Small Flock Poultry: Already have a chicken flock?

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    Already have a chicken flock?

    You want to provide the best care for your chickens. These resources include tools and tips for best husbandry practices.

    • Keeping your flock, your food, and your family healthy (pdf 848 KB)
      Did you know that even healthy birds, their eggs, and meat can all be sources of bacteria that can make you sick? With some basic hygiene and handling practices you and your family can care for your birds safely.
    • Adding new chicks to your flock. (pdf 1,491 KB)
      Adding new chicks to your flock is an exciting activity. Whether you are adding to a recreational flock or a breeding line or getting layers or broilers, new additions to the flock can bring joy, but also disease.
      Protect your existing flock with simple steps: get new chicks from a reputable source, and, quarantine new birds for 30 days to watch for signs of disease.
    • Safe handling of baby poultry . (pdf 175 KB)
      Contact with live poultry can be a source of germs and infections, even if a bird appears healthy and clean. There are things you can do to help keep yourself, your family and birds safe.
    • As a small-flock poultry owner you will, at some point, have to end your birds' lives because of disease, welfare, or other issues. It is your responsibility to ensure your birds are correctly euthanized and their carcasses disposed of appropriately.
        • Euthanasia and disposal. (pdf 252 KB)
          Euthanasia is the ending of the life of an individual animal in a way that minimizes or eliminates pain, anxiety and distress. Euthanasia means a good death for the animal. Proper euthanasia, done at the right time, reduces suffering due to disease, pain from injury and distress from ill thrift. .
        • The manual Practical Guidelines for On-Farm Euthanasia of Poultry (pdf 1.58 Mb) produced by the Poultry Industry Council offers science and research based guidelines and description of different on-farm poultry euthanasia methods.
    • Cleaning and disinfection of poultry premises. (pdf 146 KB)
      Effective cleaning and disinfection in between poultry flocks will reduce the likelihood of spreading diseases to your new flock. Follow this four-step process (dry cleaning, washing, disinfecting and drying) before placing new birds.
    • Chickens and Bears (pdf 262 KB)
      As the number of small flocks in Alberta increase, the number of negative encounters with bears has also increased. By following a series of proactive measures you can be BearSmart and protect your animals, property and family.
      Raising poultry in bear country? have you considered installing an electric fence to protect your yard?
    • What is Biosecurity? Everything we do to prevent or reduce the introduction and spread of animal diseases. Remember: little things count to help keep small flocks healthy.
    • Egg handling and cleaning
      Bacteria can be found in many places in a chicken coop: in the dirt, litter, nest boxes, or manure. Egg shells may seem solid, but they have microscopic openings called “pores” to allow gases and moisture to move through. Bacteria can also enter the egg through these pores and create a food safety hazard.
      Proper handling of eggs is crucial to keep these pores clean. Egg shells can become dirty from fecal matter (droppings), broken eggs, shavings, and feathers. Bacteria on the eggshell can contaminate hands, cooking surfaces and food. The use of proper egg handling and washing techniques can reduce the risk of unwanted bacteria, and it promotes food safety.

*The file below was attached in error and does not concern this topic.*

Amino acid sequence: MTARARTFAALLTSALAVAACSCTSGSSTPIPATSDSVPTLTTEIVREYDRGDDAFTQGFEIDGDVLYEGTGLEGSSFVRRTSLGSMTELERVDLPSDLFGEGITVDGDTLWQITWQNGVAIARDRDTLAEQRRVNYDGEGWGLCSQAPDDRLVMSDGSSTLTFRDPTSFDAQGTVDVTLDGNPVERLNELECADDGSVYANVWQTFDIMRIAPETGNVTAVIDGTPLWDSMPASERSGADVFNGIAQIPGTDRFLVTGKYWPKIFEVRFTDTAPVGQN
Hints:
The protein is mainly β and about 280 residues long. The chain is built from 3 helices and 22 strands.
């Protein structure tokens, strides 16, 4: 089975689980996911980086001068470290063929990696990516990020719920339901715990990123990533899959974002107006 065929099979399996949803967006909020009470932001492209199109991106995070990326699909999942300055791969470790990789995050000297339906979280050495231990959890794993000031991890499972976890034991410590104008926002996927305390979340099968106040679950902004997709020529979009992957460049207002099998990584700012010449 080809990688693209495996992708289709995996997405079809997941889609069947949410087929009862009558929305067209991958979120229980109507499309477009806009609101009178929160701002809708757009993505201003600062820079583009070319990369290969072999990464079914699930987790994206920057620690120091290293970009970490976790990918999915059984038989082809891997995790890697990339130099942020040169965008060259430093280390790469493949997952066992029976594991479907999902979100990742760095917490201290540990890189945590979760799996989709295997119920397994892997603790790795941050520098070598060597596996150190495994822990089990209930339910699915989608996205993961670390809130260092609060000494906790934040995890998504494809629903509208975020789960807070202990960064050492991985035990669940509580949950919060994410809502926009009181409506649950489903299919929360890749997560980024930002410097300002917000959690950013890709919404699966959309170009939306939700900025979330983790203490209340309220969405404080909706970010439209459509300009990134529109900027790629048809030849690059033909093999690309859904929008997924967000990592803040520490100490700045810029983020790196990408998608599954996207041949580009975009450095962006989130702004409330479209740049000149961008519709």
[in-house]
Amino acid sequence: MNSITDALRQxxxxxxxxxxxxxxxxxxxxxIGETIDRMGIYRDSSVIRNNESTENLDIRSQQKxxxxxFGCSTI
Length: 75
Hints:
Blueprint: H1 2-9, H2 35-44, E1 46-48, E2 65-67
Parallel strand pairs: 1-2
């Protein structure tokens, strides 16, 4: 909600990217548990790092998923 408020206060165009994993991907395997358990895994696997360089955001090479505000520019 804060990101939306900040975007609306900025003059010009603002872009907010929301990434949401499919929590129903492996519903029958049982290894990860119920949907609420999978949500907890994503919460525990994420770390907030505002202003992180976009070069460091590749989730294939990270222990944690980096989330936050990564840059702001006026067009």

• Agricultural producers are renowned for being good stewards of the land. Some generally accepted agricultural practices that demonstrate good environmental stewardship by small flock poultry operations include:
        • Developing an environmental farm plan to assess the environmental risks associated with the poultry operation.
        • Applying manure, litter or composted manure or litter on ground more than 150 m from buildings where people live, work or frequent.
        • Applying manure, litter or composted manure or litter on ground more than 30 m from surface water (e.g., creeks) and ground water sources (e.g., wells).
        • Storing of manure should be done in a manner which minimizes the movement of manure nutrients from the storage. This would include managing both surface water runoff and downward movement of nutrients into the soil.
        • Storing mortalities in sealed bins that cannot be accessed by scavengers until they are disposed of appropriately.
        • Establishing shelterbelts to manage odour, dust and other air emissions.
    • Small flock: hobby or business?
      The livestock and farm business section works with farm businesses, advisors, livestock clients and producer/ processor organizations to:
        1. Improve profitability and competitiveness.
        2. Develop tools and methods to mitigate and manage risks.
        3. Improve marketing (niche, local, or commodity level) to expand market channels and add value to products.
        4. Facilitate supply chain collaboration and provide access to key resources necessary to develop and grow markets.
        5. Connect clients to relevant funding and loan programs.
        6. Discover, learn and share traditional and cutting edge production techniques to increase sustainability.
        7. Assist clients with startup, growth and succession planning phases of the business life cycle.

      Follow the link to contact Livestock and Farm Business

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For more information about the content of this document, contact Ana Ulmer-Franco.
This information published to the web on June 5, 2018.
Last Reviewed/Revised on July 5, 2018.